Structures of Active Directory

Posted: February 20, 2013 in Active Directory, Domain Controller, Server 2008
Tags: , , ,

Active Directory is made up of components that constitute its logical and physical structure. To administer Active Directory, we must understand the purpose of these components

 

Logical Structure: The logical structure of Active Directory provides methods for organizing network resources such as computers, printers, users and groups. It is made up of objects, organizational units, domains, domain trees, and forests.

 

1. Objects

The object is the most basic component of the logical structure. Object classes are template for the types of objects that can be created in Active Directory. Each object class is defined by a group of attribute. Attributes define the possible values that can be associated with an object. Each object has a unique combination of attribute values.

 

2. Organizational units

Organizational units are container objects that are used to group other objects in a manner that supports your administrative purposes. By grouping objects by organizational unit in a logical fashion, it becomes easier to locate and administer objects. We can also delegate the authority to administer an organizational unit.  Organizational units can be nested in other organizational units. By nesting organizational units, we can further simplify the administration of objects.

 

3. Domains

Domains are the core functional units in the Active Directory logical structure. A domain is a collection of objects that share a common directory database, security policies, and security relationships with other domains.  Domains provide the following three functions:

  • • Serve as an administrative boundary for objects
  • • Help to manage security for shared resources
  • • Serve as a unit of replication for objects

 

4. Domain Trees

Domains can be grouped together in hierarchical structures that are called trees. When a second domain is added to a tree, it becomes a child of the tree root domain. The domain to which a child domain is attached is called the parent domain. A child domain may in turn have its own child domain.  The name of a child domain is combined with the name of its parent domain to form its own unique Domain Name System (DNS) name. In this manner, a tree has a contiguous namespace.

 

5. Forests

Forests are made up of one or more trees, although a single two-level tree is recommended for most organizations. A two-level tree is when all child domains are made children of the forest root domain to form one contiguous tree. The first domain in the forest is called the forest root domain, and the name of that domain is used to refer to the forest. A forest is a complete instance of Active Directory. By default, the information within Active Directory is shared only within the forest. In this way, the forest is a security boundary for the information contained in the instance of Active Directory.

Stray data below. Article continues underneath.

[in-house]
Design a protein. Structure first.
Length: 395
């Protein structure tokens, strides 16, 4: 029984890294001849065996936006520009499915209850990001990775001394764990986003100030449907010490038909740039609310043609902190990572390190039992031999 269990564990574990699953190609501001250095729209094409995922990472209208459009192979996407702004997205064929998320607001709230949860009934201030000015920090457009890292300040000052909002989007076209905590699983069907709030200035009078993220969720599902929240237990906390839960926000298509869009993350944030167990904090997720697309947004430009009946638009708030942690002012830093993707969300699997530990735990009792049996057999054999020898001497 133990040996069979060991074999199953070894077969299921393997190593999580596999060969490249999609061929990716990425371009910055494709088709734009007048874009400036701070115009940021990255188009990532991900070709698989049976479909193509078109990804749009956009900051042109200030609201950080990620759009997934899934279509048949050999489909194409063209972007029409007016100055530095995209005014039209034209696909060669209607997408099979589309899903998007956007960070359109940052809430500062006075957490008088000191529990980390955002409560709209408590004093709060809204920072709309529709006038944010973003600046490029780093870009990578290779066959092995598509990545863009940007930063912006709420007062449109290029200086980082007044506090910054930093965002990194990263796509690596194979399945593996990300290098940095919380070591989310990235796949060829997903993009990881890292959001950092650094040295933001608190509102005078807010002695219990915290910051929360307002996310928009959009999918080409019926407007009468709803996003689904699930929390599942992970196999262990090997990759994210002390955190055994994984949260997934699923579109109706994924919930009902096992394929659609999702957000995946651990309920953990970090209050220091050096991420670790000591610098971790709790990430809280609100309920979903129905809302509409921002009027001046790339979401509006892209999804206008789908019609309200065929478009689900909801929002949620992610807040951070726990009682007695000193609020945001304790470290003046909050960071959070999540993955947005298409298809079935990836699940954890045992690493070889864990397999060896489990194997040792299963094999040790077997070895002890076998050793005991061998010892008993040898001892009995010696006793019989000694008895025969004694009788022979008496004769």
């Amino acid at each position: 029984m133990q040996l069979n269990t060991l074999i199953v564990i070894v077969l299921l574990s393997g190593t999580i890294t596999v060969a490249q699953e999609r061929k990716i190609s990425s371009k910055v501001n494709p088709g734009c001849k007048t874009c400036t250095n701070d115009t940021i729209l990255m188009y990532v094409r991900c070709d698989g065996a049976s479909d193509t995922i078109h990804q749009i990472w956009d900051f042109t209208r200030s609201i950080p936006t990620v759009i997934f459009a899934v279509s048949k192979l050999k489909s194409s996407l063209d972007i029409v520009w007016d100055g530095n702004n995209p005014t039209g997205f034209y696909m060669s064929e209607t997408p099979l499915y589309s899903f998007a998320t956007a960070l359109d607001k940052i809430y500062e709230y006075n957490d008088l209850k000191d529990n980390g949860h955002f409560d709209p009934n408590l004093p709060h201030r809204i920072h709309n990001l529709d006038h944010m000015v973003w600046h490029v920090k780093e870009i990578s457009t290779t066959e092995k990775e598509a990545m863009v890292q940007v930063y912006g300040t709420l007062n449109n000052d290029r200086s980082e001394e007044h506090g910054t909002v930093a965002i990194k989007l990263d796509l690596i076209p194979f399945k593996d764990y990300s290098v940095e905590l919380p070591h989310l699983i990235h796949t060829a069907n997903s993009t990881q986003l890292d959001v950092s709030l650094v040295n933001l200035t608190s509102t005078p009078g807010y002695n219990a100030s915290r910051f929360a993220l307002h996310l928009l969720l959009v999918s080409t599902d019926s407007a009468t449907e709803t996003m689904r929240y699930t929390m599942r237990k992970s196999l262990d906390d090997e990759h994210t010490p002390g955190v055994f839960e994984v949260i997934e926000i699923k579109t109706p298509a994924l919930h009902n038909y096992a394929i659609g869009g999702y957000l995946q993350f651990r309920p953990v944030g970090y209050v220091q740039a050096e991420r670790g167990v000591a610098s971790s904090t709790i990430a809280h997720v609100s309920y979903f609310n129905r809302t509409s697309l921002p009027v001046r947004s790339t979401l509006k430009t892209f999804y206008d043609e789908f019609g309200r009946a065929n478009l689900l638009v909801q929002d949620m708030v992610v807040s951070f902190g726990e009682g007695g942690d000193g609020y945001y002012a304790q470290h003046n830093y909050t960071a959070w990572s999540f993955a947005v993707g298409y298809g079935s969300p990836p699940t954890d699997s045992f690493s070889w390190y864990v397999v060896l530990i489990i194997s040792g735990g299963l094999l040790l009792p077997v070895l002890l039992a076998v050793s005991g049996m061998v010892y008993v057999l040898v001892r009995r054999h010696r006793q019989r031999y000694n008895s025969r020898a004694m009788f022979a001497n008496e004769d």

Physical Structure: The physical structure of Active Directory models the physical structure of the network, and is made up of domain controllers and sites. The physical structure of Active Directory defines where and when replication and logon traffic occur, and is used to and manage network traffic. The physical structure enables you to optimize network traffic by determining when and where replication and logon traffic occur.  The elements of the Active Directory physical structure are:

 

1. Domain controllers Domain controller performs storage and replication functions. A domain controller can support only one domain. A domain can have one or more domain controllers.

 

2. Active Directory sites Created mainly to optimize replication traffic and to enable users to connect domain controllers by using reliable, high speed connection. A site is a group of well-connected computers. When sites are established, domain controllers within a single site communicate frequently. This communication minimizes the latency within the site. Latency is the time required for a change that is made on one domain controller to be replicated on other domain controllers. You create sites to optimize the use of bandwidth between separated domain controllers. There can be multiple domains in a single site and single site can have multiple sites.

 

Note: We use Logical structure to organize the network resources and Physical structure to manage the network traffic.

 

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Comments
  1. Thiago Lima says:

    It is in point of fact a nice and useful piece of info. I’m glad that you just shared this useful information with us. Please keep us up to date like this. Thanks for sharing

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